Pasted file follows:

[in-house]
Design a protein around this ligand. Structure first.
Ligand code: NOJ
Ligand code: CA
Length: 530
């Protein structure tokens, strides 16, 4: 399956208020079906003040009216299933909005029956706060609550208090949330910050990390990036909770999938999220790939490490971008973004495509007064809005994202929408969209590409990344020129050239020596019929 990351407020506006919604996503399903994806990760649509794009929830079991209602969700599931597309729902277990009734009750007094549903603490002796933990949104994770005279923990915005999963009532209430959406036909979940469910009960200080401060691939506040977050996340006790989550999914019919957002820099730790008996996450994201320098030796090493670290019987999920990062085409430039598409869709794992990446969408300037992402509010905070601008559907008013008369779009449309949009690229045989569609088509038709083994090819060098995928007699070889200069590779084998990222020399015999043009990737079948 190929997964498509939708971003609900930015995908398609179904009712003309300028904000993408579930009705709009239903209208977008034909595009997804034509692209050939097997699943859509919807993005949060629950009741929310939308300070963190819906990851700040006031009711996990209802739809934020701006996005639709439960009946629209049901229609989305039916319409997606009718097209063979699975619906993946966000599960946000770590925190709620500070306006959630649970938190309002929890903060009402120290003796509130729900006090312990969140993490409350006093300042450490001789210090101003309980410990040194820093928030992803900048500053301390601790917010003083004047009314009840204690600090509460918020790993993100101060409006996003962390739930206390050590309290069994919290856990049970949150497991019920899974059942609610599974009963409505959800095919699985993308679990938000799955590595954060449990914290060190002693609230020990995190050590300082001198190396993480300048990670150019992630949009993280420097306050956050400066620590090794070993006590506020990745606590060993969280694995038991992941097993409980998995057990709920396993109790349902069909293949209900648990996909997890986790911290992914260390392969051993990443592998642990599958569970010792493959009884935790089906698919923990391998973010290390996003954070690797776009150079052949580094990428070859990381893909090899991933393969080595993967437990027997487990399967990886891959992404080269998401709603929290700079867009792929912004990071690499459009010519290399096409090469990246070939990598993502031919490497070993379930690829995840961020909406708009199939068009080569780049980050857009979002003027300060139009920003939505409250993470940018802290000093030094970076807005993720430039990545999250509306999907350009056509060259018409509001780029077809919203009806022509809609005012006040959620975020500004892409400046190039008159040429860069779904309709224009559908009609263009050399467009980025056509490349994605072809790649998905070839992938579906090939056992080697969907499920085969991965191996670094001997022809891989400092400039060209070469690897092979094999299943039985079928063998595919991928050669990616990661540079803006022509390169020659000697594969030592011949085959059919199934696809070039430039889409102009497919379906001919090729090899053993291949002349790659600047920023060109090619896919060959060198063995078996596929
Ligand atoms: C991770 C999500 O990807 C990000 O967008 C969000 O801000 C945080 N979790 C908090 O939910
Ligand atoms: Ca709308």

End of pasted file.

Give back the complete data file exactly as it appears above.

[in-house]
Design a protein around this ligand. Structure first.
Ligand code: NOJ
Ligand code: CA
Length: 530
């Protein structure tokens, strides 16, 4: 399956208020079906003040009216299933909005029956706060609550208090949330910050990390990036909770999938999220790939490490971008973004495509007064809005994202929408969209590409990344020129050239020596019929 990351407020506006919604996503399903994806990760649509794009929830079991209602969700599931597309729902277990009734009750007094549903603490002796933990949104994770005279923990915005999963009532209430959406036909979940469910009960200080401060691939506040977050996340006790989550999914019919957002820099730790008996996450994201320098030796090493670290019987999920990062085409430039598409869709794992990446969408300037992402509010905070601008559907008013008369779009449309949009690229045989569609088509038709083994090819060098995928007699070889200069590779084998990222020399015999043009990737079948 190929997964498509939708971003609900930015995908398609179904009712003309300028904000993408579930009705709009239903209208977008034909595009997804034509692209050939097997699943859509919807993005949060629950009741929310939308300070963190819906990851700040006031009711996990209802739809934020701006996005639709439960009946629209049901229609989305039916319409997606009718097209063979699975619906993946966000599960946000770590925190709620500070306006959630649970938190309002929890903060009402120290003796509130729900006090312990969140993490409350006093300042450490001789210090101003309980410990040194820093928030992803900048500053301390601790917010003083004047009314009840204690600090509460918020790993993100101060409006996003962390739930206390050590309290069994919290856990049970949150497991019920899974059942609610599974009963409505959800095919699985993308679990938000799955590595954060449990914290060190002693609230020990995190050590300082001198190396993480300048990670150019992630949009993280420097306050956050400066620590090794070993006590506020990745606590060993969280694995038991992941097993409980998995057990709920396993109790349902069909293949209900648990996909997890986790911290992914260390392969051993990443592998642990599958569970010792493959009884935790089906698919923990391998973010290390996003954070690797776009150079052949580094990428070859990381893909090899991933393969080595993967437990027997487990399967990886891959992404080269998401709603929290700079867009792929912004990071690499459009010519290399096409090469990246070939990598993502031919490497070993379930690829995840961020909406708009199939068009080569780049980050857009979002003027300060139009920003939505409250993470940018802290000093030094970076807005993720430039990545999250509306999907350009056509060259018409509001780029077809919203009806022509809609005012006040959620975020500004892409400046190039008159040429860069779904309709224009559908009609263009050399467009980025056509490349994605072809790649998905070839992938579906090939056992080697969907499920085969991965191996670094001997022809891989400092400039060209070469690897092979094999299943039985079928063998595919991928050669990616990661540079803006022509390169020659000697594969030592011949085959059919199934696809070039430039889409102009497919379906001919090729090899053993291949002349790659600047920023060109090619896919060959060198063995078996596929
Ligand atoms: C991770 C999500 O990807 C990000 O967008 C969000 O801000 C945080 N979790 C908090 O939910
Ligand atoms: Ca709308």